Over at the ID The Future podcast, Casey Luskin has been doing a series on “the top 10 problems with biological and chemical evolution.” Some of the problems he discusses will no doubt be of more interest to certain listeners than to others. However, the segment on junk DNA is particularly worth hearing (about 13 minutes).
For those who have been following the debate closely there may not be much new in the segment, but it provides a relatively up-to-date review of some of the recent research, with multiple citations that are useful when talking with a friend or colleague who may still be stuck in the naive and outdated idea that the genome is awash in junk. Better yet, ask your friend if they have 15 minutes and an open mind, and then let them have a listen.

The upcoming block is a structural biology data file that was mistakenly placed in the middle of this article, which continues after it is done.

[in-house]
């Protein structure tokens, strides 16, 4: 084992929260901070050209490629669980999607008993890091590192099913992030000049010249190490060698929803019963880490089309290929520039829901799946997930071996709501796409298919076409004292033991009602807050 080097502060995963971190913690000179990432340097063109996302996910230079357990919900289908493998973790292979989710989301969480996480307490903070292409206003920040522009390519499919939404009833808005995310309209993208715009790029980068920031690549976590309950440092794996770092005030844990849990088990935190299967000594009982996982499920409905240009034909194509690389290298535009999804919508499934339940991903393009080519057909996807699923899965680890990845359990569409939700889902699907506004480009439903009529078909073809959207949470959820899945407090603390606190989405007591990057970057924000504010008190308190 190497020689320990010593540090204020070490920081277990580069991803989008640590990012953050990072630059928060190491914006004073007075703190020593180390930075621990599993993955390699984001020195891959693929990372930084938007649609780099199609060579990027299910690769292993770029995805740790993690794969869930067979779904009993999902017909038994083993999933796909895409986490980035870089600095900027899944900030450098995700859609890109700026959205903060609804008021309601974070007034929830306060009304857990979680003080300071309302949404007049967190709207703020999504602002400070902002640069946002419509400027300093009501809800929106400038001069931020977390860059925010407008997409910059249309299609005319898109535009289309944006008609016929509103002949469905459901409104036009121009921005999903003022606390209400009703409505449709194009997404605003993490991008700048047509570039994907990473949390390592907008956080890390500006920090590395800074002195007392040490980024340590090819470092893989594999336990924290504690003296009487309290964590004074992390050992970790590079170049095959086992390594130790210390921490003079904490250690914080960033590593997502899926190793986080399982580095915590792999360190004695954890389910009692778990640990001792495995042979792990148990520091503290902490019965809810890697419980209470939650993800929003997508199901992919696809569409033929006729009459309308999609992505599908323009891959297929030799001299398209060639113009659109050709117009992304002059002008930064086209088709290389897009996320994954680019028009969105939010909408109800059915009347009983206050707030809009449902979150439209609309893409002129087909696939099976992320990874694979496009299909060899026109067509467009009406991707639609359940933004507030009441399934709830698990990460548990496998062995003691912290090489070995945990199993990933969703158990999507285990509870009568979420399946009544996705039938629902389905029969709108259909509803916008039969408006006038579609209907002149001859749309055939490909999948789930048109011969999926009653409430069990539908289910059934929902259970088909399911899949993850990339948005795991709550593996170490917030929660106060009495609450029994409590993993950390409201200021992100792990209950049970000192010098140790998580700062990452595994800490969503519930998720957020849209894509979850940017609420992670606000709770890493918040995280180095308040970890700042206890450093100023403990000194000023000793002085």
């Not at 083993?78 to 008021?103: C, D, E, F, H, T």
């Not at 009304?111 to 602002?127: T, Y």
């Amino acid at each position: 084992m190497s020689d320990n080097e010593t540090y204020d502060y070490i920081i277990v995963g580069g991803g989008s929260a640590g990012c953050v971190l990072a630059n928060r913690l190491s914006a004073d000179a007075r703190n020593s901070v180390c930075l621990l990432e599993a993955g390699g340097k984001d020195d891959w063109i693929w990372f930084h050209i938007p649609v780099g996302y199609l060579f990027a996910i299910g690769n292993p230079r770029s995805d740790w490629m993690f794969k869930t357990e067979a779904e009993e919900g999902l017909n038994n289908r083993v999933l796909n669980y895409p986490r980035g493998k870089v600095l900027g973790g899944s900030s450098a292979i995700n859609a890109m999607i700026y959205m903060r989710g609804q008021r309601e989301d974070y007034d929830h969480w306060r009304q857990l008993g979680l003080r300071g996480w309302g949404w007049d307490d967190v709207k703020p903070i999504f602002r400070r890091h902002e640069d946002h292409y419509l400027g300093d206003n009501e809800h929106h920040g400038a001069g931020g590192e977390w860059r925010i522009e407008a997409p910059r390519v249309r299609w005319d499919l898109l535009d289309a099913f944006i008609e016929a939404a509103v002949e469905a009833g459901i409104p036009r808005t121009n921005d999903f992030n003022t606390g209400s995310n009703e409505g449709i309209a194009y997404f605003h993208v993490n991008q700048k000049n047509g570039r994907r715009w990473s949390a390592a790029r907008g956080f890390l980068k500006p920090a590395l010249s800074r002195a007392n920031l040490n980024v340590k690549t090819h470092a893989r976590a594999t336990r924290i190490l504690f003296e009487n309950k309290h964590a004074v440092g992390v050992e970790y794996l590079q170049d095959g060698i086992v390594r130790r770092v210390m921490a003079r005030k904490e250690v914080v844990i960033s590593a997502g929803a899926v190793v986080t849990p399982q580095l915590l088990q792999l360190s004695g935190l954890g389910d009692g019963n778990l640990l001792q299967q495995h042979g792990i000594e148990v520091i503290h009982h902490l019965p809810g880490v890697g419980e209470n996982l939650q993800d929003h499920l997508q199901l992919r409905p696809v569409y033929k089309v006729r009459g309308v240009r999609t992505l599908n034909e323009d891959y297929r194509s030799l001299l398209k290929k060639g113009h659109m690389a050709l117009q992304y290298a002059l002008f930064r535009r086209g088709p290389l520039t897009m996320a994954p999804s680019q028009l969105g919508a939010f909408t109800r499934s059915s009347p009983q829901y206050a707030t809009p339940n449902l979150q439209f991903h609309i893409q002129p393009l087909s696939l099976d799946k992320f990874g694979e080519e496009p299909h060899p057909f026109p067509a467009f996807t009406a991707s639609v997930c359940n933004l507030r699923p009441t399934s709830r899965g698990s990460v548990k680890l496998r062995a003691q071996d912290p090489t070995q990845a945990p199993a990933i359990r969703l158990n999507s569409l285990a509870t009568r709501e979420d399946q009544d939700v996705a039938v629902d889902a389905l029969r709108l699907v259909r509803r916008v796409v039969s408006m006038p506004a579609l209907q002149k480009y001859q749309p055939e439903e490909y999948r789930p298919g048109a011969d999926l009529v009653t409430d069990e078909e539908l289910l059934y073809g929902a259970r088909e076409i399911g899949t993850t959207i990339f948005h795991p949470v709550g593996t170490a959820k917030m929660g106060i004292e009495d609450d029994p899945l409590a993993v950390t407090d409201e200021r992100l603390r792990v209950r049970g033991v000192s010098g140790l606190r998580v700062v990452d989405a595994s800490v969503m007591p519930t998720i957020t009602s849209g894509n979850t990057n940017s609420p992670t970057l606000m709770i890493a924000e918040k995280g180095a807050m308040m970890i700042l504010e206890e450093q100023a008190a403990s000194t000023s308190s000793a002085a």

It is truly remarkable, an embarrassment to the stifling nature of evolutionary thinking, that anyone ever entertained the idea that the only DNA worth talking about was DNA that coded for proteins. Even with the proliferation of functions for non-coding DNA, we still hear regular pronouncements from the purveyors of the materialist creation myth that “yes, there may be some function for non-coding DNA, but most of it is still junk.”
The whole idea of pervasive junk in our DNA is so naive and absurd as to boggle the mind. Thankfully, the trajectory of the evidence is clearly trending toward a more rational and complete assessment of DNA. Yes, hindsight is 20/20, and soon enough every biologist worth her salt will claim that she “always knew” that most DNA had function. But let us not forget that there were a few lone voices, including prominent ID proponents, long arguing for pervasive function — in the face of ridicule and the stifling, science-limiting attitude of the Darwin establishment about their beloved icon of “junk” DNA.